BENSENVILLE – Thanks to a new drug, 16-year-old Dylan Roesch spends a lot less time every day managing his cystic fibrosis and a whole lot more time playing sports, strumming his guitar and just enjoying being a teenager.
"Before, every morning I'd have to wake up and take 15 pills," Dylan said, describing just one of his daily routines before he began taking Kalydeco.
Three years after Dylan was born, he was diagnosed with cystic fibrosis, a genetic disease that affects the lungs and digestive system. The Cystic Fibrosis Foundation explains that a defective gene results in the body producing thick, sticky mucus that clogs the lungs and obstructs the pancreas, stopping natural enzymes from helping the body break down food.
When Dylan's father, Dan Roesch, president of Larry Roesch Auto Group in Bensenville and Elmhurst, heard Dylan's diagnosis, he worried about what future his son might have since there is no cure for cystic fibrosis.
The next 12 years of Dylan's life were filled with many medications, daily treatments with a nebulizer, hospital visits that often lasted weeks and a feeding tube.
In just two years, Dylan's hospital visits, which he admits were starting to get scary, have been replaced with anticipation about his next Hinsdale Central High School junior varsity volleyball game.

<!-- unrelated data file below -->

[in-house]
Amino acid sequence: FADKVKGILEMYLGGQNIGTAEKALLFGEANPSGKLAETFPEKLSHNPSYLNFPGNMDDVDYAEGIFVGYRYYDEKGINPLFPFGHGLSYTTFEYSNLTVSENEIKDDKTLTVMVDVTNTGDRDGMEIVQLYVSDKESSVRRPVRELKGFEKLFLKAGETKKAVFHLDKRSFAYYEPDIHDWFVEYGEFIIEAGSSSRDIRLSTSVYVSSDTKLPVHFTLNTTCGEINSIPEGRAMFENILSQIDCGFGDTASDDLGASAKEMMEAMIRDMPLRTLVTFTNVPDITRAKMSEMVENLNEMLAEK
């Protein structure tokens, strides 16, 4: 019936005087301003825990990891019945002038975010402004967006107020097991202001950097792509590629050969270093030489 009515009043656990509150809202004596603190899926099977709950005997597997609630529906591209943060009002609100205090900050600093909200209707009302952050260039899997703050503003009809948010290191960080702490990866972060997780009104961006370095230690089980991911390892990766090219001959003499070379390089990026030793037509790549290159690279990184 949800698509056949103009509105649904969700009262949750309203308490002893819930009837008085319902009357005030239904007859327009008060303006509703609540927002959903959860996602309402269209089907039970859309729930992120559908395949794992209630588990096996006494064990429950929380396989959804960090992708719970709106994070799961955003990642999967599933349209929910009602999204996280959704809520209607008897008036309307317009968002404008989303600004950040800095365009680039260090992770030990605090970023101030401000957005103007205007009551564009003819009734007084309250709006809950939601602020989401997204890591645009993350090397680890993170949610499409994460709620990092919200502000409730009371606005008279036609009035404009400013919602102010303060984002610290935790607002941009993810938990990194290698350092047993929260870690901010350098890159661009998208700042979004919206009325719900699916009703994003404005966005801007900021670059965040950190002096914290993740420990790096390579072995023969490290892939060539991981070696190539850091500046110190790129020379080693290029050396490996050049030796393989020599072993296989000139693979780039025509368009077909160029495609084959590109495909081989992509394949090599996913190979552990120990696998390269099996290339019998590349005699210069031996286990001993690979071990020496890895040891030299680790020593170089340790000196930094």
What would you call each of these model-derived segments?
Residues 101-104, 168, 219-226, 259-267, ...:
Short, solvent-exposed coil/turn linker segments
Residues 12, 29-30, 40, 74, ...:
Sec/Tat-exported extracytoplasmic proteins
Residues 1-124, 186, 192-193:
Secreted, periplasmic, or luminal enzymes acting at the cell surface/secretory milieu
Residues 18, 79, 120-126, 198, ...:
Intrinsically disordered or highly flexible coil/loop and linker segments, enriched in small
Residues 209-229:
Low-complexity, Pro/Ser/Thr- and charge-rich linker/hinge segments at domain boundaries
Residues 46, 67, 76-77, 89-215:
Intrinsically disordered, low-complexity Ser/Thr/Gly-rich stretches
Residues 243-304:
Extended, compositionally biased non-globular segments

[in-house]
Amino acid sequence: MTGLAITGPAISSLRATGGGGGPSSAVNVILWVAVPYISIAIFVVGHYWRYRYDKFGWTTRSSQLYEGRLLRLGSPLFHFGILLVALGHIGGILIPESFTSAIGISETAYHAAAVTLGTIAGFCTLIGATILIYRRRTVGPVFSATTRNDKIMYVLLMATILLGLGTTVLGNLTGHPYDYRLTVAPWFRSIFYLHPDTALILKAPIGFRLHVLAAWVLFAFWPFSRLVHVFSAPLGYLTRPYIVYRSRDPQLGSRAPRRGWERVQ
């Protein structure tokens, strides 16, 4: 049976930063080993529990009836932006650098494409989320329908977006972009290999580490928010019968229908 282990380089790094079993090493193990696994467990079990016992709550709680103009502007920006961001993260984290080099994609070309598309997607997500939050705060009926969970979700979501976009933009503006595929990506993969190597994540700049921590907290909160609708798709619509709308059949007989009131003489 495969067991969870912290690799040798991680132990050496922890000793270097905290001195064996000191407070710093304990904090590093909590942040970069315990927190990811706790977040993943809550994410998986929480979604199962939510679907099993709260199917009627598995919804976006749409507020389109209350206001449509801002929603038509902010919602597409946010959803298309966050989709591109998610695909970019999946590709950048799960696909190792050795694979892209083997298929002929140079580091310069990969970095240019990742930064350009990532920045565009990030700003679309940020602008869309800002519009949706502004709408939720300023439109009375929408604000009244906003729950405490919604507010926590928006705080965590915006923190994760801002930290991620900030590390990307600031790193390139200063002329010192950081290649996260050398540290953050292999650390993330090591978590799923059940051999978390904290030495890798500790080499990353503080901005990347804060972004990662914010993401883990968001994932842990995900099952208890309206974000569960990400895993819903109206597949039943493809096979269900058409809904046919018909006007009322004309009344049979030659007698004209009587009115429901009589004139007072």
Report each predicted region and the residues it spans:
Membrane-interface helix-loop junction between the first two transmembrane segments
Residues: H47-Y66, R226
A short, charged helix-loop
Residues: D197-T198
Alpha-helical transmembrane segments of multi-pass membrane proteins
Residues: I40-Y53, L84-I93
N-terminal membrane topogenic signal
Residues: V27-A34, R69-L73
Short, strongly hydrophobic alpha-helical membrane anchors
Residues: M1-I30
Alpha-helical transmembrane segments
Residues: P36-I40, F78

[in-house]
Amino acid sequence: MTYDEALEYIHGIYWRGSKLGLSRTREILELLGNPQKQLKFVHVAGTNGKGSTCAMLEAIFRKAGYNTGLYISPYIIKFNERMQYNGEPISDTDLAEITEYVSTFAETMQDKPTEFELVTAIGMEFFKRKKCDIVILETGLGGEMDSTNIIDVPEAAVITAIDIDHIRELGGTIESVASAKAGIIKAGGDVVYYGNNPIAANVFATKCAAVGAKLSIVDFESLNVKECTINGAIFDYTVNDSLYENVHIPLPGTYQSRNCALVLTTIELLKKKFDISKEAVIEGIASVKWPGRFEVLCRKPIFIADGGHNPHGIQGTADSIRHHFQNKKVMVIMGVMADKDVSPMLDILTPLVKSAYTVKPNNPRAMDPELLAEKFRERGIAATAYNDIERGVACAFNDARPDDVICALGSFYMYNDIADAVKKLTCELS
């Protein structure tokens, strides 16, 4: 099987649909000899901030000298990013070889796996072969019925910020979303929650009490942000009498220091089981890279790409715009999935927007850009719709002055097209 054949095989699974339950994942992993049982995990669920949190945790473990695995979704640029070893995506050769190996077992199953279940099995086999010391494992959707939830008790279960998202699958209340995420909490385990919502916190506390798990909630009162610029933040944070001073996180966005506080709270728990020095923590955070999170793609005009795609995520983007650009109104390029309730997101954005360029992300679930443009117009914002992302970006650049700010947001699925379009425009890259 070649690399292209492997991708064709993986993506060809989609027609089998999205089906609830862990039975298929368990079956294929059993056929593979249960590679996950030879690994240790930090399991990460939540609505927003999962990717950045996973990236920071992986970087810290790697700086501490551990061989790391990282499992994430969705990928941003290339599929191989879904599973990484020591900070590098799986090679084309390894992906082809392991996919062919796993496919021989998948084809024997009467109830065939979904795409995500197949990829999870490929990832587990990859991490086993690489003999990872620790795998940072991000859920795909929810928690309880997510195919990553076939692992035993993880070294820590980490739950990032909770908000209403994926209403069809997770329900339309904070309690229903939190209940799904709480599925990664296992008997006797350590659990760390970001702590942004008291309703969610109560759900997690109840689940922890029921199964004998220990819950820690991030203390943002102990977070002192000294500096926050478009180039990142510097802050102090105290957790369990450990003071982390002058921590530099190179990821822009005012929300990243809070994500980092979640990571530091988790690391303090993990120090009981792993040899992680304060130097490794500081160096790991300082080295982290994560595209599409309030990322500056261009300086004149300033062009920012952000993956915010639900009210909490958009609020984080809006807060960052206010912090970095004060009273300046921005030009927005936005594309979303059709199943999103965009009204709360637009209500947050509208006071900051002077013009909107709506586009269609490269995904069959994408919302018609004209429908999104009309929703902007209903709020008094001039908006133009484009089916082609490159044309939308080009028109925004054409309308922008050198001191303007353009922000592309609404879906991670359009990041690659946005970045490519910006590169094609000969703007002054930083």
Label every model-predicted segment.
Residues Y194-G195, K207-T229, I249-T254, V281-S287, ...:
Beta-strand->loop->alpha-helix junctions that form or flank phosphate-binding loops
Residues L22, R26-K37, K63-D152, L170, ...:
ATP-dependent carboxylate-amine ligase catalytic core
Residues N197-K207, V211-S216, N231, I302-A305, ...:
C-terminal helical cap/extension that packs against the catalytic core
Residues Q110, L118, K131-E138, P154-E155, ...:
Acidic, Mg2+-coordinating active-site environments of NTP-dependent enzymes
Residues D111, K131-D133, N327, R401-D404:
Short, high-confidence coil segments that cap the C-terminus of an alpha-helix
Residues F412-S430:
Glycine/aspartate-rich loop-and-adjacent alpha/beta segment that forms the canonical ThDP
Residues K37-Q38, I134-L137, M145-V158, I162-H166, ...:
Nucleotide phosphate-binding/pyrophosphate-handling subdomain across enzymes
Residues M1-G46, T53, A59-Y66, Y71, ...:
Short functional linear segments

Thanks to Kalydeco, a pill Dylan began taking twice a day in 2012, the Hinsdale teen has been able to reduce his medications by 80 percent. His feeding tube is gone, his lung function is above 90 percent, and he has plenty of time to worry about what he wants to do with his future.
"My day-to-day worries changed a lot," Dylan said.
Dylan's laundry list of hobbies and interests range from playing guitar at School of Rock in Hinsdale to motocross racing, snowboarding and – of course – sharing in the family passion for cars.
"He loves cars," his father said, with a tone of pride in his voice.
Kalydeco improves the defective protein Dylan has. Specifically, it only works in people with the G551D mutation like Dylan, but the Cystic Fibrosis Foundation continues to fund research to find treatments for people with other defective genes, and ultimately, a cure.
On May 9, during Cystic Fibrosis Awareness Month, the foundation hosted its 10th annual Casino Chicago event at the Swissôtel in Chicago. It raised nearly $400,000, setting a new record, and drew more than 700 guests.
"It's just cool that they're trying to help out," Dylan said.
Dan Roesch has co-chaired the event since its inception, and while he's forever thankful for the opportunity Dylan was granted as one of just 1,200 patients who qualified to take Kalydeco, he will continue to give back to the foundation until a cure is found.
While Dylan is privileged to qualify for Kalydeco, he realizes about 96 percent of those with cystic fibrosis don't.
"We need to get it approved to all other genes," he said.
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For more information about Cystic Fibrosis Foundation or Kalydeco, visit www.cff.org.